The principal finding of this Royal Commission was that Aboriginal people died in custody in large numbers because they were in jail in such large numbers (over-represented by a factor of 10-20).
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There were many recommendations designed to reduce the numbers of Aboriginal people in custody, including:
- A series of recommendations (79-91) designed for diversion from police custody, including police practice of arrest being the sanction of last resort (87) and recognising in practice the entitlement to bail (89).
- A series of recommendations (92-121) to hold imprisonment as a last resort, including legislation to enforce prison as the last resort.
- A series of recommendations (62, 234-245) called Breaking the cycle: Aboriginal Youth, which was aimed at keeping young people out of formal legal processes and institutions (consistent with the Convention on the Rights of the Child 1989).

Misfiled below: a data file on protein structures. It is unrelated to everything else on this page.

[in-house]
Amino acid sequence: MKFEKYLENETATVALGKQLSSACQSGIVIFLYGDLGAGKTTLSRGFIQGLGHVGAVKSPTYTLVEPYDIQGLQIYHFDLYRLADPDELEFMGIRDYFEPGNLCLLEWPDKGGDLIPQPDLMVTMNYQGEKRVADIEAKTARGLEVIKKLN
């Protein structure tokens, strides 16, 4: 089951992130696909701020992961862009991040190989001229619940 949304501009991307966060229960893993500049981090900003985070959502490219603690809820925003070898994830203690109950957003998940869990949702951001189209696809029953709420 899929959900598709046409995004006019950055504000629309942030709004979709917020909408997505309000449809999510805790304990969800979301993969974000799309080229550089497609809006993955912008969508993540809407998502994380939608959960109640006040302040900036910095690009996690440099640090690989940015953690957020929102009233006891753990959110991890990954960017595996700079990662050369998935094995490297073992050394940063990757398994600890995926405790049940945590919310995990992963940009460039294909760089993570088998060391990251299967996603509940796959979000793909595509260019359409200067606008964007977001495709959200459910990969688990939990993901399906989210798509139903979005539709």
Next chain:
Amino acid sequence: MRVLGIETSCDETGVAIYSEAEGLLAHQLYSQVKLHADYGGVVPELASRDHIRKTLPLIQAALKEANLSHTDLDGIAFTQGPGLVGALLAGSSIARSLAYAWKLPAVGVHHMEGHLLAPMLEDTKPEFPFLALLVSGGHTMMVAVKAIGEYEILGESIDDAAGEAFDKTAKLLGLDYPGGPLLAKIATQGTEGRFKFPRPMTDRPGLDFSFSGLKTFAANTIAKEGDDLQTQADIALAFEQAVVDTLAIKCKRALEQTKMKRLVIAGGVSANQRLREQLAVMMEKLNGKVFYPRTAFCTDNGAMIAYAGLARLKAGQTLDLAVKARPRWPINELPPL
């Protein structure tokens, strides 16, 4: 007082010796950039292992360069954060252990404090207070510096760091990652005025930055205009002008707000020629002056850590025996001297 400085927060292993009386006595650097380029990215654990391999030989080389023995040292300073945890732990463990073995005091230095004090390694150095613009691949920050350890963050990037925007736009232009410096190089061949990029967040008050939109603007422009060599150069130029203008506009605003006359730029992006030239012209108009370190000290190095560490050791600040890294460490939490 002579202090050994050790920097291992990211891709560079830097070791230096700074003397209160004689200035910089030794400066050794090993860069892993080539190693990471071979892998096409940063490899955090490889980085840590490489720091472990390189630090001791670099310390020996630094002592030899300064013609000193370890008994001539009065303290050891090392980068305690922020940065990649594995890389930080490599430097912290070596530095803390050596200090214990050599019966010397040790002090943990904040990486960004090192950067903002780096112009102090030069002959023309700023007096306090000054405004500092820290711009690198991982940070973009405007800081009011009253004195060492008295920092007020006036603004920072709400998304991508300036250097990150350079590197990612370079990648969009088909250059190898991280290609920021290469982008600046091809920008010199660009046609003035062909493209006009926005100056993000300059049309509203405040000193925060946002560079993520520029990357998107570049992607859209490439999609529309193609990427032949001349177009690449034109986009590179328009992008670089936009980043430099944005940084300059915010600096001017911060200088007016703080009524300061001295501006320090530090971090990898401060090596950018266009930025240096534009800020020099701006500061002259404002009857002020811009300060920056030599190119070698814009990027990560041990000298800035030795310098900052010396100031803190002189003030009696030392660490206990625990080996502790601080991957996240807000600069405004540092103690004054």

Note: that when jail numbers as a whole rise, the number of Aboriginal prisoners (being an overrepresented group) rose even more.
Elliott Johnston (1991) National Report: Overview and Recommendations, Royal Commission into Aboriginal Deaths in Custody, AGPS, Canberra